An interview in 1981
Roald Dahl sells two million books a year. As three-quarters of these are for children, he was a fitting choice to open Austicks’ new children’s bookshop in Leeds last month. At 65, with five spinal operations due to war injuries behind him, and with the addition of two steel hips as the result of osteo-arthritis, he is active, assertive, and successful.
Sitting imposingly in the middle of a cluttered room at the back of the shop, he prepared to run the interview for me.
With justifiable good humour, he took as a starting point the fact that, apart from himself, there are no writers of both adult and children’s fiction who produce enduring bestsellers.
Dahl began to write after the war, almost by accident, and has long been acclaimed as a master of the difficult art of short story writing. His children’s books are hugely successful—Charlie and the Chocolate Factory is still topping the bestseller list after 20 years, and James and the Giant Peach, which he prefers, is not far behind.
To illustrate the difficulty of writing for children, he told a story about a New York publishing firm, which some years ago came up with the idea of compiling an anthology of stories for children by the great modern writers in English; among them Updike, Graves, Greene, and Dahl.
No one turned down the invitation to contribute. Dahl made a face as he recalled how “bad” the submitted stories were.
“Guaranteed to anaesthetize any child in five minutes,” he commented. The project was abandoned. Dahl’s own contribution, The Magic Finger, still sells well.
The secret of writing for children, he said, lies in the state of mind.
“Interest in kids,” he said firmly. “You have to be a jokey sort of nipper at heart, the type who likes knock knock jokes.” He has never tested his work out on his family first. “You must know yourself whether you’ve written something good or not.”
Discipline is required for the writing. Dahl works from 10 til 12 noon in the morning, and from 4 til 6 in the evening. “All ideas come at the desk. Outside the workroom, you shut yourself off, and just mooch around washing and shaving and so on.”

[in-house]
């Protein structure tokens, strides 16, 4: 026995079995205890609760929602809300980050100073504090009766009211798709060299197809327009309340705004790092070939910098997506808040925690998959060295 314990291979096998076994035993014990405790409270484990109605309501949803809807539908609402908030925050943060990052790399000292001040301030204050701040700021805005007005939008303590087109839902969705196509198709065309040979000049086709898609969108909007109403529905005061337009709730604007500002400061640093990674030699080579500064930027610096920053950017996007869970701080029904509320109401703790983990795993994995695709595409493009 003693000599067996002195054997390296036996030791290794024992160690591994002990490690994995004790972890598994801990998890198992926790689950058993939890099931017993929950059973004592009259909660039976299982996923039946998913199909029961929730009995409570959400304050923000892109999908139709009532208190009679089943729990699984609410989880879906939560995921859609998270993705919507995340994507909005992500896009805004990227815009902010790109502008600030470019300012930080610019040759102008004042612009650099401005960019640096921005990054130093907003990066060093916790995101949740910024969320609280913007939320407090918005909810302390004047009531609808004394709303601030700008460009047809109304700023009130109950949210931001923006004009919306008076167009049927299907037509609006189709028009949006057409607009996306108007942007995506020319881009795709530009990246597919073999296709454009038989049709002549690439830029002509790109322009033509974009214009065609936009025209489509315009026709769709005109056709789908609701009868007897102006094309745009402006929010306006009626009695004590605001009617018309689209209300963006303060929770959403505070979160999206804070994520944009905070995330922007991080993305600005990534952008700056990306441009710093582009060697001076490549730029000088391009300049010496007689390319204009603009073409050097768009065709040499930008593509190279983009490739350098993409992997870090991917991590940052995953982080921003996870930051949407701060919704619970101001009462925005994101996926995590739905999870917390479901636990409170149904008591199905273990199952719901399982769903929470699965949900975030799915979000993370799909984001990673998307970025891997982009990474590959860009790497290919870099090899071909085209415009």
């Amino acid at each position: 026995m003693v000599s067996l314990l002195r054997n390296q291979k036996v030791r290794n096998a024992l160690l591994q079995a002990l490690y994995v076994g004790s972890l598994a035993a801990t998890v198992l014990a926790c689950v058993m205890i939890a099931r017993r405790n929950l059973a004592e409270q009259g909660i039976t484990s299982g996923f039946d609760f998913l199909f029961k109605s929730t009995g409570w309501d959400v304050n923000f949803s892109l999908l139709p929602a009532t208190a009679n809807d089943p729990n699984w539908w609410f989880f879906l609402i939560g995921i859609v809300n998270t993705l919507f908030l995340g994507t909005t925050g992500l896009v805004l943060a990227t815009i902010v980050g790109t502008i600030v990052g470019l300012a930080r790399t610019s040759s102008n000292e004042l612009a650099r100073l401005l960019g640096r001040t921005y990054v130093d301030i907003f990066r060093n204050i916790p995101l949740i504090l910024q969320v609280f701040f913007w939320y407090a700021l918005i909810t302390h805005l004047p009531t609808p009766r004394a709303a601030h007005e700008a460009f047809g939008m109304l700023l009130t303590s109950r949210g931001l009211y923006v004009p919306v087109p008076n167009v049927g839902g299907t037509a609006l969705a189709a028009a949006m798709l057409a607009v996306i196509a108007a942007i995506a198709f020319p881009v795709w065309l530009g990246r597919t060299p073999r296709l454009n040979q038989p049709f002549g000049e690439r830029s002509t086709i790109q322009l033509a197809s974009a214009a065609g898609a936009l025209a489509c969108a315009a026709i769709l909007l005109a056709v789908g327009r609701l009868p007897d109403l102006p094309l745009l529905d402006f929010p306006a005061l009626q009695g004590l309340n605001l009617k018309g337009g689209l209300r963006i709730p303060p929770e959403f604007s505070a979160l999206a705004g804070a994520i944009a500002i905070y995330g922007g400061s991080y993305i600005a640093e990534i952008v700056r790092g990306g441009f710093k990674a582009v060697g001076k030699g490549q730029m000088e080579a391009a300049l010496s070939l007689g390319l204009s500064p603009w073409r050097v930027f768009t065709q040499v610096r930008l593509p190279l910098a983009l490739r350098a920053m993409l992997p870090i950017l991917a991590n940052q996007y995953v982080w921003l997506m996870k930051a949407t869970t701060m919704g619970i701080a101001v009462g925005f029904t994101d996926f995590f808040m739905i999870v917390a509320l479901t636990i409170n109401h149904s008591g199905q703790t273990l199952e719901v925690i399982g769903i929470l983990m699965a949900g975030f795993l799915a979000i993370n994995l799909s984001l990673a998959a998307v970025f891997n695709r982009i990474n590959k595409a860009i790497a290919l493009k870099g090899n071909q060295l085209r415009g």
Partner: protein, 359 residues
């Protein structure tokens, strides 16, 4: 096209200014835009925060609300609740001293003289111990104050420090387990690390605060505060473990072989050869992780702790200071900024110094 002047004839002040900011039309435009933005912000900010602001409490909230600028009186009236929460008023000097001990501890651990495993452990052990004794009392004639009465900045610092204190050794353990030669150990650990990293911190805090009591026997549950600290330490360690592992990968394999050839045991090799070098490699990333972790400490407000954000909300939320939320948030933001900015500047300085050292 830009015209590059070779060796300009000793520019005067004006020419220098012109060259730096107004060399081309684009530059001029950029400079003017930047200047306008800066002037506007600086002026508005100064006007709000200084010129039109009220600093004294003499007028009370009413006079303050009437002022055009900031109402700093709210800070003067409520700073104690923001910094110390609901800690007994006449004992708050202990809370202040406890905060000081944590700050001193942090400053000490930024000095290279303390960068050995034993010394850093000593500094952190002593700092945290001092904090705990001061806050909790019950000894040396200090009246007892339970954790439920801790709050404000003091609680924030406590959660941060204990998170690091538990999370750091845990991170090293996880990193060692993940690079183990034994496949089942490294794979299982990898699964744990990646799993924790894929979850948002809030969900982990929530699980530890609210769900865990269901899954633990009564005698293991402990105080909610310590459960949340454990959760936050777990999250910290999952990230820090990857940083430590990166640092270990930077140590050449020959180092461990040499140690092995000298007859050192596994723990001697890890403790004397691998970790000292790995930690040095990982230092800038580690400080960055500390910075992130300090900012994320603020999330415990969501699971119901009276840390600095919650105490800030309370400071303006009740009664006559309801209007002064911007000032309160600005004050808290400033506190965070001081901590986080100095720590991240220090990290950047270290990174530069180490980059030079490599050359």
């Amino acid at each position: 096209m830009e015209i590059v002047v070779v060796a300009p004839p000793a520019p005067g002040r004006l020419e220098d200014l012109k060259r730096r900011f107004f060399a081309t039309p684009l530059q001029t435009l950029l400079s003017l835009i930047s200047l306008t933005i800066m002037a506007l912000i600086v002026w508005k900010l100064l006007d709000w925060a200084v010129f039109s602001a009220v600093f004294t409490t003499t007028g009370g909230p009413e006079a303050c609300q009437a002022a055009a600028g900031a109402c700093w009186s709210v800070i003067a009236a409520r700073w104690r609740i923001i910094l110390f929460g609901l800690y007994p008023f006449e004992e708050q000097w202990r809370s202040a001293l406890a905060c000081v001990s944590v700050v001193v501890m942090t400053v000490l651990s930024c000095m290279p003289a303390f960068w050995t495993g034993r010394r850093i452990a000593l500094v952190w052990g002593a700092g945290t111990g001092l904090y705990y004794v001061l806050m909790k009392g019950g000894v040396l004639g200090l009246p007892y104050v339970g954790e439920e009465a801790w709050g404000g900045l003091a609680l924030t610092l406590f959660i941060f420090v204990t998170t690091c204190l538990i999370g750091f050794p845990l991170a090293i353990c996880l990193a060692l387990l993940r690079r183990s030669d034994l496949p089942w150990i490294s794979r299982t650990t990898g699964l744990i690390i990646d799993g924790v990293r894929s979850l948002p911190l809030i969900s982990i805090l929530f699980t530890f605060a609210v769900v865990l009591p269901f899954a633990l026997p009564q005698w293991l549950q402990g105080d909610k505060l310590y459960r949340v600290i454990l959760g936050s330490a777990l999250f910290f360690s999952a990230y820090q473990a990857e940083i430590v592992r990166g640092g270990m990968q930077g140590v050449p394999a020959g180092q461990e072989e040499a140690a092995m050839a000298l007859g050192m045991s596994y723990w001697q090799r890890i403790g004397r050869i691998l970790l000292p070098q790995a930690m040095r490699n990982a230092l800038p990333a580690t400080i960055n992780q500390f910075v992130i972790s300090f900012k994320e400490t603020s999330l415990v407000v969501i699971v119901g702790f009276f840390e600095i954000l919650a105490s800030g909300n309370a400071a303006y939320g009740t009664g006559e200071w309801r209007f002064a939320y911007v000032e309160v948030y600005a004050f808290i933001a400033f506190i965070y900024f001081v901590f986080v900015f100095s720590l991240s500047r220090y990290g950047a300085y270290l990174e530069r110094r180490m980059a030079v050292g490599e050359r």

Ideas do not consciously come from other people, though experience is vital. “I’m very much against encyclopedias,” he said, slightly obscurely.
His knowledge of antique furniture, pictures, and wine—all of which have come into his stories—stems from personal interest. He collects all three, and his cellar at home contains 400 bottles of wine.
As for putting a moral into a story: “It must be pure entertainment,” he said vehemently. “A moral is a very dangerous thing. Children don’t want to be taught things.”
He now prefers writing for children, enjoying the challenge. “An adult’s learnt to concentrate. If there are a few dull pages, he keeps reading anyway, but a child will just throw it away and go to the telly. You’ve got the telly to compete with.”
Many of Dahl’s short stories have been adapted for television. Tales of the Unexpected has been sold to 42 different countries, and is especially popular in Norway.
“I was wildly pleased with the first two or three,” he said, “but then they took tremendous trouble over them.”
He complained that they meddled with his plots. “I’ve taken so much trouble with the construction of a story—months. They look solid, but if they’re moved around they shatter.”
What about the type of story? “I hate science fiction; impossible stuff. The fun is in making them just possible.”
The supernatural holds an appeal for him, though here again he has his reservations. “I’ve longed to write a ghost story, but they all lose me because there’s a point where you can’t believe them.”
By this time the shop was seething with excited children, with a few parents helplessly trying to gain control.
Dahl read a couple of witty poems, yet to be published, before making a brief speech and sitting down to autograph copies of his latest book, The Twits.
As I struggled to the door, the shop manager grinned at me. “Don’t forget to mention us,” he said.
© Roz Kay
This interview was originally published in Leeds Student (the Leeds University free student newspaper written by and for students) on May 1, 1981, with the headline “Roz Kay meets Roald Dahl.”
The various organisations that manage Roald Dahl’s estate maintain a wonderful web site at www.roalddahl.com. You can follow them on Twitter @roald_dahl. They now hold a copy of the Leeds Student with my interview in their archives at the Roald Dahl museum at Great Missenden in Buckinghamshire, England.